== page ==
Unclaimed Money, otherwise known as Found Money

Written by Wendy Stultz   // September 19, 2011   // 2 Comments

Photo courtesy cdedbdme Photo courtesy cdedbdme

Have you ever left a job without getting your last paycheck? How about moved and forgotten to submit a change of address to the post office? Or opened a bank account or certificate of deposit (CD) for the reward and then forgotten about it? Or do you have relatives or friends who may have passed away and left you money?

How do you find out about this stuff?

I first heard of this about 15 years ago when I got an unsolicited letter from someone claiming that they could get me my unclaimed funds for “only a small percentage” of what I recovered. This was before the days when email got to be full of African princes who want me to open a bank account in my name to save their nation’s wealth. And it was a real letter. With a real stamp (not presorted). Obviously someone had a lot of time on their hands, but didn’t have a solid business model. I took my letter and did some research on unclaimed funds, found the money in my name (it was a final paycheck totaling less than $50 if I remember correctly) and completed the form to claim my money. On a side note about 3 months later I got another letter from my unsolicited friend in ALL CAPS complaining that I had done this myself (it is a free form and you have to prove your identity with supporting documentation to claim any funds- so no one else could have gotten my money for me) and this person wanted a percentage of my money. Yeah, right. Like I said about a less-than-perfect business model…Not the point of this article though.

Anyway, according to the National Association of Unclaimed Property Administrators (NAUPA):

  • every state and U.S. territory has a program for unclaimed property
  • unclaimed property laws are among the first consumer protection laws enforced in the U.S
  • the owner or heirs (in most cases) can claim their property in perpetuity (without a time limit)
  • there is a total of $32.877 billion of unclaimed property over 117 million accounts currently being held for the owners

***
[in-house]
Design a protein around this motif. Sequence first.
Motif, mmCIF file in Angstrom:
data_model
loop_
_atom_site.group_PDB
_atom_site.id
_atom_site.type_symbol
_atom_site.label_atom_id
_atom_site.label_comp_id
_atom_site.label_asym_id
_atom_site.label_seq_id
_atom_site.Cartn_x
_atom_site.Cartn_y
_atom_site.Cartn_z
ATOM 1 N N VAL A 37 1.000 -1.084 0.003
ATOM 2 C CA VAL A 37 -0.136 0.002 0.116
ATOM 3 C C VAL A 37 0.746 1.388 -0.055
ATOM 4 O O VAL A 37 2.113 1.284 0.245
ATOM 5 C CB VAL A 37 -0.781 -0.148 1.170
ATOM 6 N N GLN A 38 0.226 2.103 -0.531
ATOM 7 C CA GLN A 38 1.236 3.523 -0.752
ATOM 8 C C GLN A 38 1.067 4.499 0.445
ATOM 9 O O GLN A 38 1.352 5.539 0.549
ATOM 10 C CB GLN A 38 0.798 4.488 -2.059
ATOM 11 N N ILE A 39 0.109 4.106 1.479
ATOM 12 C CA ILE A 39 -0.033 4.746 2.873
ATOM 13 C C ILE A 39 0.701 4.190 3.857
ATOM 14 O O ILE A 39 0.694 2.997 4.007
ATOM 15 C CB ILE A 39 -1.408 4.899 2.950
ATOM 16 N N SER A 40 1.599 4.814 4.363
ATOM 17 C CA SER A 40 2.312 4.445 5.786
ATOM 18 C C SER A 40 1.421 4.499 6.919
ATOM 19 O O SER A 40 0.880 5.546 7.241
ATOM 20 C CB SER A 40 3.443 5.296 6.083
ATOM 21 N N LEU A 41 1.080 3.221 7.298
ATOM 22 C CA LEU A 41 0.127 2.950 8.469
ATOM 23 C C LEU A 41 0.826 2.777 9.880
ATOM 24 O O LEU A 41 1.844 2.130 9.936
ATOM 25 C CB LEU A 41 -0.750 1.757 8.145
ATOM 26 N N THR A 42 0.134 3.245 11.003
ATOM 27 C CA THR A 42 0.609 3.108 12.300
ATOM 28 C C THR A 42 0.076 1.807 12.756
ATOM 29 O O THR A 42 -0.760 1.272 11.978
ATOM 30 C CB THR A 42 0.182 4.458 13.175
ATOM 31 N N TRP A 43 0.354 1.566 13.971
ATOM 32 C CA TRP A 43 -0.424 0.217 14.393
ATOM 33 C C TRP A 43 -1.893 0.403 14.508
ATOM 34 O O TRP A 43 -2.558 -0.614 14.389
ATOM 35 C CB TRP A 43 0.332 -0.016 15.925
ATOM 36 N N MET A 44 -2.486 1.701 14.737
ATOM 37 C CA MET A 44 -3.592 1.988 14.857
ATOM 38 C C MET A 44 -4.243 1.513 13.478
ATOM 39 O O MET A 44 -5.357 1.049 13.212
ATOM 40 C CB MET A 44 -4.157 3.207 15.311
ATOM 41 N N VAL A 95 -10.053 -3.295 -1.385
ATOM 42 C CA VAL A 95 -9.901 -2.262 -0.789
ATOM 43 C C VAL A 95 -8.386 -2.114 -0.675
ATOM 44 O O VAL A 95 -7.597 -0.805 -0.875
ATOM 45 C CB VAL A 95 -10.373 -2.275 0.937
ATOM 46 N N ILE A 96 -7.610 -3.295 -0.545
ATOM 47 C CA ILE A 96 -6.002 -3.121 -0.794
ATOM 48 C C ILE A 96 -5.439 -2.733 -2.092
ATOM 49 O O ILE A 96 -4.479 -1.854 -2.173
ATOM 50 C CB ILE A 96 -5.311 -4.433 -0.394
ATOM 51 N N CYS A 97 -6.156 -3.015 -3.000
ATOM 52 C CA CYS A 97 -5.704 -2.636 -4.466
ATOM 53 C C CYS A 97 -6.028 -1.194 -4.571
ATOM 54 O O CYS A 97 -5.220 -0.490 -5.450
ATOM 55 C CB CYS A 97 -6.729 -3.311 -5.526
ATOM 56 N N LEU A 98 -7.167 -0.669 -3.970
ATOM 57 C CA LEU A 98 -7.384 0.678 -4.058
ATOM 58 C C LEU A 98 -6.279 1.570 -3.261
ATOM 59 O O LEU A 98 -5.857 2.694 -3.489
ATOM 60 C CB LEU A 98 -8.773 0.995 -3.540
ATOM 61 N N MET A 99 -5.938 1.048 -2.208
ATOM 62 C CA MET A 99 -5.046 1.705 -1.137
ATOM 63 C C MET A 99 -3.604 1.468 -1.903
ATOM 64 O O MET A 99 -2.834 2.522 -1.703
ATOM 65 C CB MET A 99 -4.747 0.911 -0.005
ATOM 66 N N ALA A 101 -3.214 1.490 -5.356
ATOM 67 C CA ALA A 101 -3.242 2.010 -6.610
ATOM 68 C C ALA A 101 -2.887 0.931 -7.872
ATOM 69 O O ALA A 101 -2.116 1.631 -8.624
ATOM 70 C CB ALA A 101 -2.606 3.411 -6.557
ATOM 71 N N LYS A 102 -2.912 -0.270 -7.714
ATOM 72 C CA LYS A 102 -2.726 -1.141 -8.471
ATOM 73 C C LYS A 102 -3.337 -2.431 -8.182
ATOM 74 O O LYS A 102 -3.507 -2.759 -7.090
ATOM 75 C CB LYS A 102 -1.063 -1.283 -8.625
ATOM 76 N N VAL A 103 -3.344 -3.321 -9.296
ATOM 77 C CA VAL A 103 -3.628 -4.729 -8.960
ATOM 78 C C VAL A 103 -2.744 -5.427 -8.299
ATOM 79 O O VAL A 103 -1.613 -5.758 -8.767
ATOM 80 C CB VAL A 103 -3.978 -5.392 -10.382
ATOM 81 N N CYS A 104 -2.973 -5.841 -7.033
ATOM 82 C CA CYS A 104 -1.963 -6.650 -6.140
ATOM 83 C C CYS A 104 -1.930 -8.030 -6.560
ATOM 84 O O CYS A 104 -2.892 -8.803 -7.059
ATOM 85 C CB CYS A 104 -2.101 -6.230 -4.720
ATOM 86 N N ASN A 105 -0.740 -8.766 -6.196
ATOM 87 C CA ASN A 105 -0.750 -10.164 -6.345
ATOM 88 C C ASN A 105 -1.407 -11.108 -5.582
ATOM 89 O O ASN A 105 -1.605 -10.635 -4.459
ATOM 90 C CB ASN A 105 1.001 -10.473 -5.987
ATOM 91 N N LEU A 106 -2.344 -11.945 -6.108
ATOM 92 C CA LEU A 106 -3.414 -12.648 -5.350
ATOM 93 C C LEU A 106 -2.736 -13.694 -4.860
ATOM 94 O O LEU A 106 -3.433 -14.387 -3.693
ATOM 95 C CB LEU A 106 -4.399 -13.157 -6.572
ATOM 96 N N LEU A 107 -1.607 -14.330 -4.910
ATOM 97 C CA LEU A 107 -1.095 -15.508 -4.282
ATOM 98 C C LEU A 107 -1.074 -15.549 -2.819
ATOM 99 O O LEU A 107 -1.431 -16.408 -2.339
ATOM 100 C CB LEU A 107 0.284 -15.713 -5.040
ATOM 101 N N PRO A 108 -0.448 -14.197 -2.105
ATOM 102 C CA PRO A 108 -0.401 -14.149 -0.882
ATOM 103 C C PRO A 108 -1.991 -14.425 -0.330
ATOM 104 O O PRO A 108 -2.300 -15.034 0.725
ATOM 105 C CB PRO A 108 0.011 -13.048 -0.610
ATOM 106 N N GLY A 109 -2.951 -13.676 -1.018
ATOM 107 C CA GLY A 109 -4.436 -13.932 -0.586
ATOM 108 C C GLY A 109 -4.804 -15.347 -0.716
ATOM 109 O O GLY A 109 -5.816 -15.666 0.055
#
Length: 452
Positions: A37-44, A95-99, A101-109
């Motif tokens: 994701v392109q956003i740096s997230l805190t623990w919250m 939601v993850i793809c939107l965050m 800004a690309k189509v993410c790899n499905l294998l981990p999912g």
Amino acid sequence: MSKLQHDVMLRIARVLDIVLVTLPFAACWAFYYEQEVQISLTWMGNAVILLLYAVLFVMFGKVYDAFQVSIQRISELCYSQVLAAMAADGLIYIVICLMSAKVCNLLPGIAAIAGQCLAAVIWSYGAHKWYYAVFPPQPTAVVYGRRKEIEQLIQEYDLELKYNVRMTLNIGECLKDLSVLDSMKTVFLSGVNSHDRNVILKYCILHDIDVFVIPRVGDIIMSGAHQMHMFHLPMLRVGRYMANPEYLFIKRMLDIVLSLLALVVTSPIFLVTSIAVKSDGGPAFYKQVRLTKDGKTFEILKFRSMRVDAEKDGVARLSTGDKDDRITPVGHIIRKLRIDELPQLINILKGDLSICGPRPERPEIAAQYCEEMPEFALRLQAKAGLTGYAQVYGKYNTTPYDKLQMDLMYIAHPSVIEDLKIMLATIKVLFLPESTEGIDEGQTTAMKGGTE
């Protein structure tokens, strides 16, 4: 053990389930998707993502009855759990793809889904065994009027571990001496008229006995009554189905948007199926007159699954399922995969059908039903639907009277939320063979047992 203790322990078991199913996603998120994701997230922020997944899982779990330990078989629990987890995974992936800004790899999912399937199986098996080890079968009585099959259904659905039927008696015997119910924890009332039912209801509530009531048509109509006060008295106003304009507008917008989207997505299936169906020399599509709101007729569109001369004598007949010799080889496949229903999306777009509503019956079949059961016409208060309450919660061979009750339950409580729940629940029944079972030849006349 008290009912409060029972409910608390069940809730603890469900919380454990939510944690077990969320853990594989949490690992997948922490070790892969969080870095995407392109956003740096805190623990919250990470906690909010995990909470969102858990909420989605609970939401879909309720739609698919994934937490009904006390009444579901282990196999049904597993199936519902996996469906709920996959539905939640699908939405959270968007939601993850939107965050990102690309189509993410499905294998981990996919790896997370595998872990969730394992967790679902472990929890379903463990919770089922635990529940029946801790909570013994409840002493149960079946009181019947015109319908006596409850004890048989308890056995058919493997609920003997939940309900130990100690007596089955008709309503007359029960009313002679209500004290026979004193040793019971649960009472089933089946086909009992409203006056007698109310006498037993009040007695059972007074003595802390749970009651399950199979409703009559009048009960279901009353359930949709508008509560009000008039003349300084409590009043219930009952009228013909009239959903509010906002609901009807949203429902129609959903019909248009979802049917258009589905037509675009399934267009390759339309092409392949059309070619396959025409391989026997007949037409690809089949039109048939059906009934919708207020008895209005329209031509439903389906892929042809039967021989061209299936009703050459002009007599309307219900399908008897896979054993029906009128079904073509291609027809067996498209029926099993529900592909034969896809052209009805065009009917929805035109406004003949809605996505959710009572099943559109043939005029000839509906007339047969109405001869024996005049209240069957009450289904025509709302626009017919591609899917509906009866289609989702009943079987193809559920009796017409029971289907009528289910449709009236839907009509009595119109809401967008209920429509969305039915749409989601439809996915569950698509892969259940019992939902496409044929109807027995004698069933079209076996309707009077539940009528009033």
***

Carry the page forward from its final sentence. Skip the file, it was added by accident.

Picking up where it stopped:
Is any of this yours? Could you be rich and not realize it? Or at least could you get enough back for a cup of coffee and a newspaper? It might be worth a few minutes of your time to check it out.

You can go to either www.unclaimed.org or www.missingmoney.com to begin your search. You will need to go to each state are do a separate search in those states that you have lived in or done business in. Each state’s form is a little different, but you can generally do a search with as little as a last name. Sometimes you will want to search using your first initial or your first name as well. These listed here are the free websites to search. If you choose a different search site, especially one with a fee to search, you are probably hitting a scam.

If you are a visual learner, go here for a Good Morning America video/article on reclaiming property.

Beware- just like with anything good, there is the potential for scams. Those scams may even come as emails supposedly from the director of NAUPA. If someone contacts you and tells you they have unclaimed property for you, investigate before you give them your pertinent information. In general you will need to fill out a form and prove your identity, but should be doing so through a government agency. NOT A BLIND EMAIL. (see above for the African princes who would love to talk to you.)

And if you are getting into the search for forgotten money, check out NAUPA’s list of other sources for unclaimed property, like IRS refund checks, the Veteran’s Administration, Housing and Urban Development, or international sites.

Good luck, and happy hunting! And I won’t even expect a small percentage of what you might find, though if you REALLY want to send me money…:)


2 COMMENTS

  1. By John Dough, February 23, 2017

    Having lived in a couple states and being a former service member, this information is very valuable. Considering even if it only pays for a cup of coffee or a newspaper, anything is better than nothing. Oh by the way, did I mention I am also a prince? Thanks for the article.

    Reply
  2. By Gilma Elleman, February 23, 2017

    You made some nice points there. I looked on the internet for the subject and found most persons will consent with your website.

    Reply

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